Soberer

Soberer

I get this feedback all the time. Sometimes it is polite but dismissive, like this: “I have trouble paying attention to the opinion of someone with just four years of sobriety. Talk to me in a decade or so.” Other times, it is downright mean: “Shut up and get to a meeting, asshole!” Everyone’s entitled to his or her opinion, but some people really should consider a little less caffeine or maybe doing something about the constipation that’s putting built up pressure on the old kindness gland.

 

I’m sober. I’m fully and completely sober. I feel like I need the coroner of the Munchkins from The Wizard of Oz to declare about my active alcoholism, “She’s not only merely dead, she’s really most sincerely dead.” (Now you’ve got that voice and that song stuck in your head, don’t you. Go ahead and Google that scene and watch it on YouTube – I did.)

Evolving into Sobriety

Evolving into Sobriety

There. It’s done. I just decided that I’m done drinking alcohol. I’m sober now. There’s just too much pain, deceit and insanity. End of discussion. It’s over.

 

I had those very thoughts, full of determination and resolve, more times than I could count. It seemed so simple to me – severe and punitive – but simple just the same. I am strong and definitive. I’ve made thousands of decisions over the first half of my lifetime, and I have a very good track record of follow through. I don’t waiver or vacillate. I analyze, decide and execute. No analysis paralysis for me. Let’s go.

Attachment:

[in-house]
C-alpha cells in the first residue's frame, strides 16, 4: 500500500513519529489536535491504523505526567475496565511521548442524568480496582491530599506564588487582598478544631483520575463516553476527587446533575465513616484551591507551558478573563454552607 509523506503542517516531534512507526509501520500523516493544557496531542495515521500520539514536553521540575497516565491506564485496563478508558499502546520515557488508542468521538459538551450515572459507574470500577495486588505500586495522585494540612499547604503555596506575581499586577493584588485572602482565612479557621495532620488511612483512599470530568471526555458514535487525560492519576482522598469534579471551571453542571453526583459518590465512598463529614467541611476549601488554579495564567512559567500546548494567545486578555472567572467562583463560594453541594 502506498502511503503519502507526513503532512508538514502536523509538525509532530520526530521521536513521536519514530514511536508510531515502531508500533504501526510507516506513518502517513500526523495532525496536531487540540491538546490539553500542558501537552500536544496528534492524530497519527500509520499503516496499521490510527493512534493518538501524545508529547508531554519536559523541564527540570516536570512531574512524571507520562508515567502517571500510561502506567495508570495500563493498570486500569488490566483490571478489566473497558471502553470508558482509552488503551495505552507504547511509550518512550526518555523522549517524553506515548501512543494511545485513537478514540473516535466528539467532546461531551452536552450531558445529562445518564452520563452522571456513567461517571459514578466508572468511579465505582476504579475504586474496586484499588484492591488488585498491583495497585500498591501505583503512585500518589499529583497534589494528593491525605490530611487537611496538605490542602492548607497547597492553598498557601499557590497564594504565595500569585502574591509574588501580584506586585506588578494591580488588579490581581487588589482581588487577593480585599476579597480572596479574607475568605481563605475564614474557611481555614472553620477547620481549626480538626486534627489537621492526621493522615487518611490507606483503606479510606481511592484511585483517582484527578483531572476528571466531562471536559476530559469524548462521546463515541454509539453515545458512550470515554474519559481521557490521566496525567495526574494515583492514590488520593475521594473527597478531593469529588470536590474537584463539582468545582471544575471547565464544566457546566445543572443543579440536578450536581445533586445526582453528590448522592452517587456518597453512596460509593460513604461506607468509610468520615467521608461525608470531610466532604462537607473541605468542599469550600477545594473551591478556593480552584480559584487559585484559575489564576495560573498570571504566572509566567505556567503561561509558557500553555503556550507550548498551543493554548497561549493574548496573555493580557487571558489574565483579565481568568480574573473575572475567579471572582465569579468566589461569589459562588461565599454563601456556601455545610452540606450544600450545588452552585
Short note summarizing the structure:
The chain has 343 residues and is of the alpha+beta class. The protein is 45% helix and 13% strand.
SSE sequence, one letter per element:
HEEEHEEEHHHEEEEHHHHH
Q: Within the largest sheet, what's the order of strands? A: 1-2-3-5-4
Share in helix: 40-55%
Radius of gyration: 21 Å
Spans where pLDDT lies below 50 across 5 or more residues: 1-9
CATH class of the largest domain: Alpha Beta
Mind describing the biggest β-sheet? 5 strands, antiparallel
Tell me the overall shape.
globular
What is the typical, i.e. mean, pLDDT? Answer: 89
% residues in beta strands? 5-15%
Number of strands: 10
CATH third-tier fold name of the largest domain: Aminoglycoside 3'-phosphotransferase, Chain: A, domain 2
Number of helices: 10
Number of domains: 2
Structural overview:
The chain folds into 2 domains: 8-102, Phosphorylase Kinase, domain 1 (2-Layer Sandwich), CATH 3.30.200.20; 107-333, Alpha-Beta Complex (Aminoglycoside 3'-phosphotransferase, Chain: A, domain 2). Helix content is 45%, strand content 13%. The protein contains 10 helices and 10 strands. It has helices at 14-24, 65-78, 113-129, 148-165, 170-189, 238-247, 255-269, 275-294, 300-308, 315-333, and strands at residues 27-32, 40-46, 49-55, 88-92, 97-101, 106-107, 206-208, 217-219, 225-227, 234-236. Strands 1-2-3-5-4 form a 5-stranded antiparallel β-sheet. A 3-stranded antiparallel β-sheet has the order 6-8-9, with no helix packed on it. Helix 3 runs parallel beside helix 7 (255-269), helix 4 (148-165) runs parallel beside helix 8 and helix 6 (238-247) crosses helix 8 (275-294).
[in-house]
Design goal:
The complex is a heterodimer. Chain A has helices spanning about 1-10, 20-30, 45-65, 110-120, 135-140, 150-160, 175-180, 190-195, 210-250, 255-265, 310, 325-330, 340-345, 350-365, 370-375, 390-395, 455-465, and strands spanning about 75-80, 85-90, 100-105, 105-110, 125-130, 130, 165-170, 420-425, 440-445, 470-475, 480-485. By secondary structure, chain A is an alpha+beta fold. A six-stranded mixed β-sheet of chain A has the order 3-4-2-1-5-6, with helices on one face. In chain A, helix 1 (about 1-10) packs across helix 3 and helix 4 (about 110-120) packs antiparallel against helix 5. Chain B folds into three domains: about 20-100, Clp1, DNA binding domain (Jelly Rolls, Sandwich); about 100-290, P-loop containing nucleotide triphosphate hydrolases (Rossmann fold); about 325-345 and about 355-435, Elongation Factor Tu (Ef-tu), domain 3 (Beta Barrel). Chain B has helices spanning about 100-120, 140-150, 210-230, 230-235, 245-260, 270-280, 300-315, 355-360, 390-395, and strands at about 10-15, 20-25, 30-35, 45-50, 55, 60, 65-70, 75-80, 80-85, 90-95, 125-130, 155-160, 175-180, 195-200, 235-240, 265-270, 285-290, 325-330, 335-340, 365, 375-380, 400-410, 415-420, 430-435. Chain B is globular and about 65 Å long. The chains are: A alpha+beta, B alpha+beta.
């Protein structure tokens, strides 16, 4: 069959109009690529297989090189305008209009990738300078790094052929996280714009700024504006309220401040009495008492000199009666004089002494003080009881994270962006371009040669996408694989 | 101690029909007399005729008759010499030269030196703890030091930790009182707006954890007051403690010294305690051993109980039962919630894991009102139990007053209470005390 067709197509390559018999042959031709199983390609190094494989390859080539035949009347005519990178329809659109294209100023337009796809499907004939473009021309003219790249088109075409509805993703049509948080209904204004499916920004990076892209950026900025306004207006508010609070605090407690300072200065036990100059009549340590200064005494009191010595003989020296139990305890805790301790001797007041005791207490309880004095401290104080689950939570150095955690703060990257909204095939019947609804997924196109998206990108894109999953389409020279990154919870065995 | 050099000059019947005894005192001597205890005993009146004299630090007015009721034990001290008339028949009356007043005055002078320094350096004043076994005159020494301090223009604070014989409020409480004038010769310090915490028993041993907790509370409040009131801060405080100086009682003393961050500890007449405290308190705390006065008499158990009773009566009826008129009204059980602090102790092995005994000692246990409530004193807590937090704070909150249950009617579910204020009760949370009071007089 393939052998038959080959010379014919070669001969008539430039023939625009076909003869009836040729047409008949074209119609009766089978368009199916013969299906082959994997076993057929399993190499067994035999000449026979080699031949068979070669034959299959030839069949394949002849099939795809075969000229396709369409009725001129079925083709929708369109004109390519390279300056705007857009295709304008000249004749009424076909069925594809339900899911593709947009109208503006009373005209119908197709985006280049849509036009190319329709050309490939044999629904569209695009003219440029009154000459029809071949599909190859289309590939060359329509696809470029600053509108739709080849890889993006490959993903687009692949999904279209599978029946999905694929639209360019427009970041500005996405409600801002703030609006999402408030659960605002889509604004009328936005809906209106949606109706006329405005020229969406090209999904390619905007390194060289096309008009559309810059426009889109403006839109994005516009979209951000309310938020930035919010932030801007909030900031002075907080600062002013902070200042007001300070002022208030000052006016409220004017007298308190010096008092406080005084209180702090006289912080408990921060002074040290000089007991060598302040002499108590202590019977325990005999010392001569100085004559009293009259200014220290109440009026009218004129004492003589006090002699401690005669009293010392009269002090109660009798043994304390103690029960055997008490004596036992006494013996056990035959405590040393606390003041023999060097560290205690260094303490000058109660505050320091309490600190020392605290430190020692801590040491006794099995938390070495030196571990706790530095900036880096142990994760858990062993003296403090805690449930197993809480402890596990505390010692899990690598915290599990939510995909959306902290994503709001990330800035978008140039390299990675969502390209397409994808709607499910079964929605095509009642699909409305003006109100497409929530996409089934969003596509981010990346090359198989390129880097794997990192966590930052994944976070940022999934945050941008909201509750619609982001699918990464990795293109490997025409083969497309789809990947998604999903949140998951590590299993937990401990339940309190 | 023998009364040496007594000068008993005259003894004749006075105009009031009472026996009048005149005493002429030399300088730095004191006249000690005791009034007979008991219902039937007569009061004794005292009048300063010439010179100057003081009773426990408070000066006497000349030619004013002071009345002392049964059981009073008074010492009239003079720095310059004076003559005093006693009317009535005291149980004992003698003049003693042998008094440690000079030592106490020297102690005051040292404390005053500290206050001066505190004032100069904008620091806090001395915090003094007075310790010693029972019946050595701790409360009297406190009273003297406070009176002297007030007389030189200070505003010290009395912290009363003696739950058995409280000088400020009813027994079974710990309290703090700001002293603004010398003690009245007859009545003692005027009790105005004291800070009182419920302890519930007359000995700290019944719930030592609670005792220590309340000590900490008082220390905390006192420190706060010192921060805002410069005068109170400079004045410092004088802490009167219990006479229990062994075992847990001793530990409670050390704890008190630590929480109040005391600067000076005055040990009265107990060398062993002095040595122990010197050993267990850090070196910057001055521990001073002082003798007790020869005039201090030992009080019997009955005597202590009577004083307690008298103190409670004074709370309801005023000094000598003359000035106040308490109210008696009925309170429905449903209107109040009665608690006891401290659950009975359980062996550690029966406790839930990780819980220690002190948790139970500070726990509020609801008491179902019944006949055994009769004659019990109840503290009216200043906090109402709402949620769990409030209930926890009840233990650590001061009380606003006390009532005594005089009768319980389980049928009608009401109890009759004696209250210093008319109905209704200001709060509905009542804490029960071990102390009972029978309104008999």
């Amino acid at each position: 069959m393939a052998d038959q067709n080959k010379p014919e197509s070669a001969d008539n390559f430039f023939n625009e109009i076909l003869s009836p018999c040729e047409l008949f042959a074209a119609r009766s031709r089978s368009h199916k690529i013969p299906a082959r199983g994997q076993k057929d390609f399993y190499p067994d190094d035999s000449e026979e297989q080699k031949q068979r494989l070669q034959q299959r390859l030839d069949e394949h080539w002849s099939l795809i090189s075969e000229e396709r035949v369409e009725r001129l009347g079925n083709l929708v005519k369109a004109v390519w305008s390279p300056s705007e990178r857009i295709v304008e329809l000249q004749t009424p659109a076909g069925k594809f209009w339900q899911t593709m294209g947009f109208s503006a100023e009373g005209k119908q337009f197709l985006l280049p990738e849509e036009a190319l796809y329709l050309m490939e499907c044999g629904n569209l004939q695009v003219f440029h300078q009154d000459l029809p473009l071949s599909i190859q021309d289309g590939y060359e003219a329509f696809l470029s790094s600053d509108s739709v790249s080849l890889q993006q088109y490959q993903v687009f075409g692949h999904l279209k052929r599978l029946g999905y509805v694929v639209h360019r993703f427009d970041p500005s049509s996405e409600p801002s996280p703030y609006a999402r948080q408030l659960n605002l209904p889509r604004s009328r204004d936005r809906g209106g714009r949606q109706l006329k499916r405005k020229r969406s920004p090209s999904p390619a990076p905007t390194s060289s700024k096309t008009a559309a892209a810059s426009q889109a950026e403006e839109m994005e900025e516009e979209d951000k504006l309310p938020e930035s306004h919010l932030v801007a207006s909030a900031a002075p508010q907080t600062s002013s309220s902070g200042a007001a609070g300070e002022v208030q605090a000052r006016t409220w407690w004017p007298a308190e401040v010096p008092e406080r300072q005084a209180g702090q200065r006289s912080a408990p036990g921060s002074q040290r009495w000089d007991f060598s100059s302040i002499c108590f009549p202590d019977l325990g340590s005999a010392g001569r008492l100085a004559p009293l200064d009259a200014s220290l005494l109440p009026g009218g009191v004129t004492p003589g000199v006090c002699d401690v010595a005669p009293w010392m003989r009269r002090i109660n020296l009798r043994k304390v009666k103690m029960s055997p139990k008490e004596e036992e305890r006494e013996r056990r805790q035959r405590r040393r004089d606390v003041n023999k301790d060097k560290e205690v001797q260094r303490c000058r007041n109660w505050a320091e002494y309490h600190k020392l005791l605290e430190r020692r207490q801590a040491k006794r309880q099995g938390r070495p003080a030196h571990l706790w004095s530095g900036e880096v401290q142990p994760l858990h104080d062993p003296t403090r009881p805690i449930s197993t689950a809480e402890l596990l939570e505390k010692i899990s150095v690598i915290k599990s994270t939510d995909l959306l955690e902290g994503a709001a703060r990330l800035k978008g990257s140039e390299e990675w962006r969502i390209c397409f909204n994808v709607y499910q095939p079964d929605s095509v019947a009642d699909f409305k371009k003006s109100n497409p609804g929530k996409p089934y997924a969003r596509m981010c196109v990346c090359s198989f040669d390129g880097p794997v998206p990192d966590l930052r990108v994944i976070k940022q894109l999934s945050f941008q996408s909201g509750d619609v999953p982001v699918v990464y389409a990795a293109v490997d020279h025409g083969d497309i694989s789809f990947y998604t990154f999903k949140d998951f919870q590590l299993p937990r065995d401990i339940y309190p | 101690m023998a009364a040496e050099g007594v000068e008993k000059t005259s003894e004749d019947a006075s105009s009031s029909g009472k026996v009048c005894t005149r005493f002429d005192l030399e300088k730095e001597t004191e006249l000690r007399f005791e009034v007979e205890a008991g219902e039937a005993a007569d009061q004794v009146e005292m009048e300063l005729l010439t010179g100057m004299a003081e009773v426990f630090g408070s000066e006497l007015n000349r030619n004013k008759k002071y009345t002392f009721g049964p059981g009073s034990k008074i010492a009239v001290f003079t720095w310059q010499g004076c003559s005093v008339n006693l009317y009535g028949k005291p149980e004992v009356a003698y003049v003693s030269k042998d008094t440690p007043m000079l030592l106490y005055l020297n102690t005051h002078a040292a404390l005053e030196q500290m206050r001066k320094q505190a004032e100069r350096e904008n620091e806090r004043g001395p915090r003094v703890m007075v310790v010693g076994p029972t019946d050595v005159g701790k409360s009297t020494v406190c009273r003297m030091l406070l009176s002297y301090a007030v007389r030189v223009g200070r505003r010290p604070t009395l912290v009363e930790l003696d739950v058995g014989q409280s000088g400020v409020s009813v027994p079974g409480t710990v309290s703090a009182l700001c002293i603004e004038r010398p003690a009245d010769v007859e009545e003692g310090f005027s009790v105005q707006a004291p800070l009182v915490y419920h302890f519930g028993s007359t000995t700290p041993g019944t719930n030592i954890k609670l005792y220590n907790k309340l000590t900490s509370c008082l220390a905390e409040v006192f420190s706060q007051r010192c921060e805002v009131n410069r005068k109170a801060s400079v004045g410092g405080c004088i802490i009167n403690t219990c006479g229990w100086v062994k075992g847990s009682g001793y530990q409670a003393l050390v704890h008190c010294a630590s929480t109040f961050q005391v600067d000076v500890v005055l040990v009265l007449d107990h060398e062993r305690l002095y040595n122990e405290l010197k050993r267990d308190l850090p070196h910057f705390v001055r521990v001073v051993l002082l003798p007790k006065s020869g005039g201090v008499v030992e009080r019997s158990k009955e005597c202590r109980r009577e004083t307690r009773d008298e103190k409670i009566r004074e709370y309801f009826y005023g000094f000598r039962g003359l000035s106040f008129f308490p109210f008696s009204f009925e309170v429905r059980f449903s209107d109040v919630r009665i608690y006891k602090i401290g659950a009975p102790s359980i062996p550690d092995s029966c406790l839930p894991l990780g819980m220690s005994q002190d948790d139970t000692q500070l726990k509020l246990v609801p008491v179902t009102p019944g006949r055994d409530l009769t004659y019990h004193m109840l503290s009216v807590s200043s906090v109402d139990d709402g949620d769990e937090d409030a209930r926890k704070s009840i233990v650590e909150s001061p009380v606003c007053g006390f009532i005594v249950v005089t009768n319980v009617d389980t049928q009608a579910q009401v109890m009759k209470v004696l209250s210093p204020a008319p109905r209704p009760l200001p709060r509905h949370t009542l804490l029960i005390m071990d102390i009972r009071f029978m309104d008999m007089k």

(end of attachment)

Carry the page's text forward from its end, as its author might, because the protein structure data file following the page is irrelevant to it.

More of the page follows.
And that’s why my relationship with alcohol was so diabolical and transfixing to me. I couldn’t leave it behind no matter how determined I was, and no matter how good my track record for decision making otherwise was. Alcohol was like a permanent fixture, an irreversible commitment tattooed on my soul.

I Couldn’t Hear Until I Learned to Listen

I Couldn't Hear Until I Learned to Listen

My wife almost didn’t marry me because I couldn’t wrap a gift. Alcoholism – we survived that. Four kids, emergency room visits, emotional immaturity, running a business together – we made it past all of those major hurdles, but Sheri almost dumped me before any of it got started because I did such a crappy job of wrapping her present on our first Christmas together.

 

It’s true. My wife takes the act of giving seriously. At first, I thought her rejection of my feeble attempt at wrapping made her selfish. Then I realized I had it backwards. She puts so much thought and effort into the act of giving, and she didn’t want to be with someone who half-assed it. It’s not about materialism, and it doesn’t have to be elaborate, either. But if it’s not from the heart, she’s not interested.

 

Sheri used to make a really big deal about her birthday. She would celebrate for a week. Again, it was never about gifts or receiving. It was always about spending quality time with quality people – the kind of people who take their time with the wrapping if they do give her a gift. It was experiential, and Sheri wanted everyone to be as happy as she was that she was a year older. She didn’t need a big, fancy party. Her smile and laugh were celebration enough. She oozed carefree joy.

 

And I ruined it all for her.

The Nightmare of Trying to Escape the Monster

The Nightmare of Trying to Escape the Monster